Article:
Greg Abbott: 'I Didn't Invent that phrase 'Don't Mess With Texas' but I've applied it more than anyone else.'
And with that, Texas Attorney General Greg Abbott kicks off his run for governor.
Abbott formally launched his campaign Sunday afternoon in San Antonio. The long-time attorney general has taken the Obama administration to court 27 times on cases regarding ObamaCare, upholding Texas' popular voter ID law, and over EPA regulations aimed at Texas industries.
Another Greg Abbott fact: Greg Abbott actually does have a steel backbone.
Abbott, fresh out of law school, was jogging through Houston's River Oaks neighborhood on July 14, 1984, when a 75-foot oak tree suddenly splintered at its base, striking him in the back and partially paralyzing him. Abbott sued the homeowner and a tree company that had worked in the area and collected millions.
He has since become a proponent of limiting civil litigation in Texas and capping the amount of damages that can be awarded. Opponents have called him a hypocrite, but Abbott has largely shrugged off such criticisms. He rarely speaks about his accident, but chose to Sunday.
"Piecing my life back together began with doctors piecing my vertebrae back together," he said, noting physicians inserted rods in his back. "Too often, you hear politicians talk about having a spine of steel. I actually have one."
It was nice of the Houston Chronicle to work the left's "hypocrite" charge into its story about Abbott's injury. And by "nice," I meant to say "insidious."
Abbott has built up a massive war chest and a highly skilled campaign staff well ahead of Sunday's announcement. His record on issues including Second Amendment rights, abortion and pretty much everything else puts him right in the sweet spot for Texas voters. He'll face opposition in the Texas GOP primary from former state party chairman and respected leader Tom Pauken.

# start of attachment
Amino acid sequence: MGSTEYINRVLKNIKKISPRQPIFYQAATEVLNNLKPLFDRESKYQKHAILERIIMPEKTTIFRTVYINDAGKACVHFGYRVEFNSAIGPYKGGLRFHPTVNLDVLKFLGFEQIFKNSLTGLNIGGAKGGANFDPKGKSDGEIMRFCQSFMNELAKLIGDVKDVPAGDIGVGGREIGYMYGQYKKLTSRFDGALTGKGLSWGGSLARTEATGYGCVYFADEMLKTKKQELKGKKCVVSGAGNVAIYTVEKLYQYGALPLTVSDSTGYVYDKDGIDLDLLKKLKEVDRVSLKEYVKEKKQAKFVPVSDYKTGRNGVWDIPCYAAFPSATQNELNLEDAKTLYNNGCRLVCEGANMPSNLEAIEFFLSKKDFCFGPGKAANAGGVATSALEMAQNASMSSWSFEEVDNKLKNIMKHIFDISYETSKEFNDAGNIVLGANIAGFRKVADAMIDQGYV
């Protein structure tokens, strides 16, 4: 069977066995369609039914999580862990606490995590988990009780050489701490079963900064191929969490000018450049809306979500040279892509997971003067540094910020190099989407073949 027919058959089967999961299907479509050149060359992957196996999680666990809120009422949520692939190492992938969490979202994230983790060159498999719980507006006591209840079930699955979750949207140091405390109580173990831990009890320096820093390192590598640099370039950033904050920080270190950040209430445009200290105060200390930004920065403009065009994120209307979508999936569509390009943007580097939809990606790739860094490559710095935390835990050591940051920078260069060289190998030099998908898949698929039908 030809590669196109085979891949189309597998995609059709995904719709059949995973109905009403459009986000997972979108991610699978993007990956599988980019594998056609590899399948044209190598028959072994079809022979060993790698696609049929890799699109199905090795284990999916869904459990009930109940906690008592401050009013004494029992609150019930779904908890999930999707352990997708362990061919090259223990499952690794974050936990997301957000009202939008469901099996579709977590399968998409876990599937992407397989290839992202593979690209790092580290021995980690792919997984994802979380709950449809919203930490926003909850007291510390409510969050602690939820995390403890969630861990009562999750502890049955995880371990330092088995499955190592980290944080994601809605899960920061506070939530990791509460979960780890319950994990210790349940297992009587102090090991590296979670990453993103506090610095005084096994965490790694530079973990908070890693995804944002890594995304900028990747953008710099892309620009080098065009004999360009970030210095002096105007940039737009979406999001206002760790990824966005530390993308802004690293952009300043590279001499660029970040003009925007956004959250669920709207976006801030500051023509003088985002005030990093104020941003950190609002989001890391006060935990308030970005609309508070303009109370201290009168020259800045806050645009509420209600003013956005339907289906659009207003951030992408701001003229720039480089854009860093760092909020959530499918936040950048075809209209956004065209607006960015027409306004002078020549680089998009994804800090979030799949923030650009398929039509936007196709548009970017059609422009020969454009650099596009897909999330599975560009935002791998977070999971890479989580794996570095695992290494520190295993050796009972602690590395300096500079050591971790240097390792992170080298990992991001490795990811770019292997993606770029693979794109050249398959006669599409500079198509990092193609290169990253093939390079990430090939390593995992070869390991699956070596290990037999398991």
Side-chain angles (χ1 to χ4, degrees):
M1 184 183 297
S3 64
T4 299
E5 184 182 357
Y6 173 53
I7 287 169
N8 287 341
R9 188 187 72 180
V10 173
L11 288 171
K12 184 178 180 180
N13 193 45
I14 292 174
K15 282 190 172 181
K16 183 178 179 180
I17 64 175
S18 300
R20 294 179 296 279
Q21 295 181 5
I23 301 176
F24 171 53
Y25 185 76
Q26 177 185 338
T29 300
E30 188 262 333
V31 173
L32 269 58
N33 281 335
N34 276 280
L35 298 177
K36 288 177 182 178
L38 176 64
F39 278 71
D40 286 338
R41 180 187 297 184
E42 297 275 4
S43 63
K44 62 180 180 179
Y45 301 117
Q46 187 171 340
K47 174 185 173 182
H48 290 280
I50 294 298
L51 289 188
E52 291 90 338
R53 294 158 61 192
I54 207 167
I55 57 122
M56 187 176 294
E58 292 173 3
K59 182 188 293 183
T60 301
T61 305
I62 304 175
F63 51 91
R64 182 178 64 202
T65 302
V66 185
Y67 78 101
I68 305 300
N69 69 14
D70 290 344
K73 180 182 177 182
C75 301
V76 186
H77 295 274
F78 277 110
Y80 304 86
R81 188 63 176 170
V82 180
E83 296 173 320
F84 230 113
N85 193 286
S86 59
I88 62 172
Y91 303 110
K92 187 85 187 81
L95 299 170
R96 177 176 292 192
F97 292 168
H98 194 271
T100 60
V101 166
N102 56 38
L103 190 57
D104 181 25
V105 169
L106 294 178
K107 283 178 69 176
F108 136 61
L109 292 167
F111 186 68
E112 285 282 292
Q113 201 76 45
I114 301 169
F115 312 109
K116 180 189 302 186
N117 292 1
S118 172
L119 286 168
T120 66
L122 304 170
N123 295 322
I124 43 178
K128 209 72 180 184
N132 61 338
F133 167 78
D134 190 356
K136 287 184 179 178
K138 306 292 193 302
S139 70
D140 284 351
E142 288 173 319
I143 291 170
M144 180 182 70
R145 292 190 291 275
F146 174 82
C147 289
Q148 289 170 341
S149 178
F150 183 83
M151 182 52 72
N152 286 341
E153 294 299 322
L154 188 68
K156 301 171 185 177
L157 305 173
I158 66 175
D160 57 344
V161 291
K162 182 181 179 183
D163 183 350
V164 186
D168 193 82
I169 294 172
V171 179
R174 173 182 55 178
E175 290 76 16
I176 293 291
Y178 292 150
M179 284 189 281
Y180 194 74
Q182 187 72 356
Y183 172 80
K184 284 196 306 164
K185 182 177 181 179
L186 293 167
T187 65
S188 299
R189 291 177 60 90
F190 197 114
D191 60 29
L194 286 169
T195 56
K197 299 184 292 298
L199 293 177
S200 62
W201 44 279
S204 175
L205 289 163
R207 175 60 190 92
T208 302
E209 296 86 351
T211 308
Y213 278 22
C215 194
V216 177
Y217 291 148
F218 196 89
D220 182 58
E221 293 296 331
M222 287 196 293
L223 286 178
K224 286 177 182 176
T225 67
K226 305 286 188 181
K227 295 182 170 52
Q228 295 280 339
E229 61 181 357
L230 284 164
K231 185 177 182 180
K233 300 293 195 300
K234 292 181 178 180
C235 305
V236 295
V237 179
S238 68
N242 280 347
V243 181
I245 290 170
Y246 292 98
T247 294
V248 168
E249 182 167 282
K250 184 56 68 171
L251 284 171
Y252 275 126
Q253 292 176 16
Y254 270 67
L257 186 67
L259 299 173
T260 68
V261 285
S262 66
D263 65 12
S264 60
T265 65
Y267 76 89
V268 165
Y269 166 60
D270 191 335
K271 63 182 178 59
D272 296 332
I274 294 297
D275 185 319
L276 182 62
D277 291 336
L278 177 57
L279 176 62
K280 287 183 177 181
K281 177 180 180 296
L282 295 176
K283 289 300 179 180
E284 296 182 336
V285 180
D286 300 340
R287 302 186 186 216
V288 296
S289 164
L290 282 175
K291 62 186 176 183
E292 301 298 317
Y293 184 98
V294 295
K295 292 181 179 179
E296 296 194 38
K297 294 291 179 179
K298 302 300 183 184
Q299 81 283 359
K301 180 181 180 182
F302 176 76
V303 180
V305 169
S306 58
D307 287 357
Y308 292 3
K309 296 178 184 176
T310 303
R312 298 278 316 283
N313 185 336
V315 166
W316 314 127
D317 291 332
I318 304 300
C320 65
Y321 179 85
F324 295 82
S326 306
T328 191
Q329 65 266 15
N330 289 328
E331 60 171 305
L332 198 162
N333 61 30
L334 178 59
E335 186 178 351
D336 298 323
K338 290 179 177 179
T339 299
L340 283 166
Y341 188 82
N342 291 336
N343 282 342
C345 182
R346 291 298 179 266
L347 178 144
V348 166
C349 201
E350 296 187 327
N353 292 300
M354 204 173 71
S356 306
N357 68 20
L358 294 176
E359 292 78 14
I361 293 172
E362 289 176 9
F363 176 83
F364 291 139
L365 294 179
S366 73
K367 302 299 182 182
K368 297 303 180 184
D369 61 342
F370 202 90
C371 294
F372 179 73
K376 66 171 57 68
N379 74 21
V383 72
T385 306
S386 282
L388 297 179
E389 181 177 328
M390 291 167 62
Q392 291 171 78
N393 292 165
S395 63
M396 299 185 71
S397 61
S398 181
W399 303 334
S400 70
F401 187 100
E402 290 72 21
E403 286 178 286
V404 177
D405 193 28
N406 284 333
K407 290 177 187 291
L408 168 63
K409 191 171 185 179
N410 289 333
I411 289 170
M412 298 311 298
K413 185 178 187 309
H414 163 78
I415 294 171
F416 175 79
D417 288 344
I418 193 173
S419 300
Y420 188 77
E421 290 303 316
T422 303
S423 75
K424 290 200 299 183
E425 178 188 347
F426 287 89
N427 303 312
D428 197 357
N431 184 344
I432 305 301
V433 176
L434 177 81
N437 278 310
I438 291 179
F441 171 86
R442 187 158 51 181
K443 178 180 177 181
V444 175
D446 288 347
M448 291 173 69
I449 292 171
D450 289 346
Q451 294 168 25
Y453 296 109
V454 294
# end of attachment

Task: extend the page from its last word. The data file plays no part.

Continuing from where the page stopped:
On the Democratic side, the Texas Democrats haven't won a statewide race since 1990, and no one has formally declared for that party's gubernatorial nomination. State Sen. Wendy Davis is the only Democrat with any name recognition statewide, but she now has an opponent for her own Senate seat in Konni Burton. If the Texas Democrats hang their prospects on a failed filibuster against a bill that enjoyed widespread support across the state, coupled with the news that the Democrats' allies tried to bring jars of feces into the capitol last week to protest against that law as it passed, they can expect their losing streak to continue. They will be following a dynamic similar to the one they followed in the Rick Perry era. The Democrats insulted him and derided him and all of his voters and supporters while they insulted and belittled the Texas economic success record. Interstates 35 and 45 are littered with the Democrat candidates and campaigns that tried and failed to defeat him.